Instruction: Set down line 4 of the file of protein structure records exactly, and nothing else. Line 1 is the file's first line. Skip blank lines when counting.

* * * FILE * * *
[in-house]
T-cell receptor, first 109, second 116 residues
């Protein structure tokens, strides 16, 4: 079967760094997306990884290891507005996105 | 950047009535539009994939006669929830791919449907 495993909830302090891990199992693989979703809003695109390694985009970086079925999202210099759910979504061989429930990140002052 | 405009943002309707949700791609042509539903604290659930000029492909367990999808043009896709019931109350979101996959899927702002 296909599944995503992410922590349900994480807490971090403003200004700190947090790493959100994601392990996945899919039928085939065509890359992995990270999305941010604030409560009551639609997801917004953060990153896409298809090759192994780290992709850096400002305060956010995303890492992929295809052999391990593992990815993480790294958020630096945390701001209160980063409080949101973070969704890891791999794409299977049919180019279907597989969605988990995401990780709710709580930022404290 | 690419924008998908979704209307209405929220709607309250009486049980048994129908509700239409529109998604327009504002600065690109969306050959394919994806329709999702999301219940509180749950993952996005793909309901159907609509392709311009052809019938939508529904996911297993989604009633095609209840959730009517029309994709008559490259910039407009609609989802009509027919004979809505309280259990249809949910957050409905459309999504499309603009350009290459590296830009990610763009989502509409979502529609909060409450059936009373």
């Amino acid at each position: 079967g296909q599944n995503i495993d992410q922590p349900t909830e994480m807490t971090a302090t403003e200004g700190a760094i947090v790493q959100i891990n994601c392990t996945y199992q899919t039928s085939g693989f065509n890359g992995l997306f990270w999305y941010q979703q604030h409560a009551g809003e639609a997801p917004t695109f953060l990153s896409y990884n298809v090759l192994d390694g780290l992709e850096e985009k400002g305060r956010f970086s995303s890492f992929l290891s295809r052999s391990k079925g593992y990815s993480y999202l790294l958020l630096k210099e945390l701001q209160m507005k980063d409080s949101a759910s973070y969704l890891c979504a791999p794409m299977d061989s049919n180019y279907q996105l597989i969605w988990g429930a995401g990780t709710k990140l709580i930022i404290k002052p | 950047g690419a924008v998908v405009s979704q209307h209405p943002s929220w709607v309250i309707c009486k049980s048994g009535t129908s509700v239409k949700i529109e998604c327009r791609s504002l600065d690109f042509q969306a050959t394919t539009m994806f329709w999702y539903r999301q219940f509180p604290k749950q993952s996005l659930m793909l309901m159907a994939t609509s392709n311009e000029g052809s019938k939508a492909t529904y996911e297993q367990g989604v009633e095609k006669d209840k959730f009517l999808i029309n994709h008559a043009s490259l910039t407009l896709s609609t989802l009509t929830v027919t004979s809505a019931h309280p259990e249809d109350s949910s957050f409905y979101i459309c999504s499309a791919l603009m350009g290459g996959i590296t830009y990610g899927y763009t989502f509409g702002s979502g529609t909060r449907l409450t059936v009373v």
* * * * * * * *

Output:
């Amino acid at each position: 079967g296909q599944n995503i495993d992410q922590p349900t909830e994480m807490t971090a302090t403003e200004g700190a760094i947090v790493q959100i891990n994601c392990t996945y199992q899919t039928s085939g693989f065509n890359g992995l997306f990270w999305y941010q979703q604030h409560a009551g809003e639609a997801p917004t695109f953060l990153s896409y990884n298809v090759l192994d390694g780290l992709e850096e985009k400002g305060r956010f970086s995303s890492f992929l290891s295809r052999s391990k079925g593992y990815s993480y999202l790294l958020l630096k210099e945390l701001q209160m507005k980063d409080s949101a759910s973070y969704l890891c979504a791999p794409m299977d061989s049919n180019y279907q996105l597989i969605w988990g429930a995401g990780t709710k990140l709580i930022i404290k002052p | 950047g690419a924008v998908v405009s979704q209307h209405p943002s929220w709607v309250i309707c009486k049980s048994g009535t129908s509700v239409k949700i529109e998604c327009r791609s504002l600065d690109f042509q969306a050959t394919t539009m994806f329709w999702y539903r999301q219940f509180p604290k749950q993952s996005l659930m793909l309901m159907a994939t609509s392709n311009e000029g052809s019938k939508a492909t529904y996911e297993q367990g989604v009633e095609k006669d209840k959730f009517l999808i029309n994709h008559a043009s490259l910039t407009l896709s609609t989802l009509t929830v027919t004979s809505a019931h309280p259990e249809d109350s949910s957050f409905y979101i459309c999504s499309a791919l603009m350009g290459g996959i590296t830009y990610g899927y763009t989502f509409g702002s979502g529609t909060r449907l409450t059936v009373v």